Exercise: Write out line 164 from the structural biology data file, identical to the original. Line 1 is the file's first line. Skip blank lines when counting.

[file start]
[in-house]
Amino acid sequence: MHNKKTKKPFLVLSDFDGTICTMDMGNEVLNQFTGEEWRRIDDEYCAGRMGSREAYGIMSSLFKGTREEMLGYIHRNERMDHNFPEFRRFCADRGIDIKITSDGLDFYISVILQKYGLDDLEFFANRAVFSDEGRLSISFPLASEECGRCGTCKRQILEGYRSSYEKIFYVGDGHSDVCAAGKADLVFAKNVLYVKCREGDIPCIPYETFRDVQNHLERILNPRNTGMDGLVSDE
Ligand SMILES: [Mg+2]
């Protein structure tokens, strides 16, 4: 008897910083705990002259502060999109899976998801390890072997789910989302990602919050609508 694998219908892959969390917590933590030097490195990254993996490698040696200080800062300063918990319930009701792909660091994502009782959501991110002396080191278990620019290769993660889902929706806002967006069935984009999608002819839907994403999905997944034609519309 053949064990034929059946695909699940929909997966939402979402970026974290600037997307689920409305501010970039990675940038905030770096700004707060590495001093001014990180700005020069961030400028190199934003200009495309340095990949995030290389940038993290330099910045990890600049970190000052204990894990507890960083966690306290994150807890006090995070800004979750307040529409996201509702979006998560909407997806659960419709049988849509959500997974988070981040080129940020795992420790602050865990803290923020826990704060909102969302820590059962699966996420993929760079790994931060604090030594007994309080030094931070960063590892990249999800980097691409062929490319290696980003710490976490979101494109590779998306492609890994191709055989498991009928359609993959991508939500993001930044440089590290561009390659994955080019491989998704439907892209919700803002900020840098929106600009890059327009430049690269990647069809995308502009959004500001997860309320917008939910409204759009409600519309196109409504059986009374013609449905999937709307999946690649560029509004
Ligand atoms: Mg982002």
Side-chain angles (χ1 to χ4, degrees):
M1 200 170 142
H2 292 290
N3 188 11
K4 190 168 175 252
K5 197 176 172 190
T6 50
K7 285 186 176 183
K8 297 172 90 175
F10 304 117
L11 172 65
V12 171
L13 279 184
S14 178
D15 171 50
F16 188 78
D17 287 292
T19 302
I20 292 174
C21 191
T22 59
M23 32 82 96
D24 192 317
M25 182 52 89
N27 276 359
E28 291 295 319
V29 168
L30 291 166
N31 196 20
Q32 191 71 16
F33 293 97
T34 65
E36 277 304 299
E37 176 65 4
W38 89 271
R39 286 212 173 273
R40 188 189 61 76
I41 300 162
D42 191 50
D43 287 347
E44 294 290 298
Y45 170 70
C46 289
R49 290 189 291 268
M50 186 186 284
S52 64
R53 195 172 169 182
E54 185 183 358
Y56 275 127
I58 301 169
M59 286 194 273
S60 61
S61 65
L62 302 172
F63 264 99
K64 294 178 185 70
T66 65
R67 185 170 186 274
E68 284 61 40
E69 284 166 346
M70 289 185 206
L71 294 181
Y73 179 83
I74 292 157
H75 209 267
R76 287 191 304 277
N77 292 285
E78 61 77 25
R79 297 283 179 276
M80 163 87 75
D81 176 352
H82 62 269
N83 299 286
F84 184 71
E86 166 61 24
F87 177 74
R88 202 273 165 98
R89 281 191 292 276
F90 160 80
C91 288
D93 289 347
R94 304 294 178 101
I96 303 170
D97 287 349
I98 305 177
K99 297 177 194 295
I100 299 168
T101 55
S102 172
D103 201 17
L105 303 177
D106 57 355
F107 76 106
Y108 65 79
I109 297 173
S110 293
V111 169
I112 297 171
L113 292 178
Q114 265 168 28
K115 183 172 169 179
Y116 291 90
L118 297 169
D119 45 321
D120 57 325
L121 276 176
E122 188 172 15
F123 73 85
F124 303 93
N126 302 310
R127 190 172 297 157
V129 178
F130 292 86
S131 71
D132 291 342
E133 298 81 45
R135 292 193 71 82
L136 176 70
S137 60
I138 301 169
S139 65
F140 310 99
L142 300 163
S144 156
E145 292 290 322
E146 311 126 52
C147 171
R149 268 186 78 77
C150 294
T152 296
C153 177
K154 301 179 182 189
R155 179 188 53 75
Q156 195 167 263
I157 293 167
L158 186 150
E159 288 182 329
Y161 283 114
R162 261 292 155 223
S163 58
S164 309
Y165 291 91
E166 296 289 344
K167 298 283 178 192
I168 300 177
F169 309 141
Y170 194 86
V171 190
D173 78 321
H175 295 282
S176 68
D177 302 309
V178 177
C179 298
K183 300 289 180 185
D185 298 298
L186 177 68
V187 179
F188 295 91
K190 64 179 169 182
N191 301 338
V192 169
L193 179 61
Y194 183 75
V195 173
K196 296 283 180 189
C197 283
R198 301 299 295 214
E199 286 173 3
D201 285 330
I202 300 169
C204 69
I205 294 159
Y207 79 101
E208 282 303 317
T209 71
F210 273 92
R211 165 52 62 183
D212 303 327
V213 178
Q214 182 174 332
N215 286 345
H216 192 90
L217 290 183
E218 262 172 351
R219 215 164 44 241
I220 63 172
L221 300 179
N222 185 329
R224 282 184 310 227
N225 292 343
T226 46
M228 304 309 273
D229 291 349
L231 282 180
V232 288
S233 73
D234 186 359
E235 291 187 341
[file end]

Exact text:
F188 295 91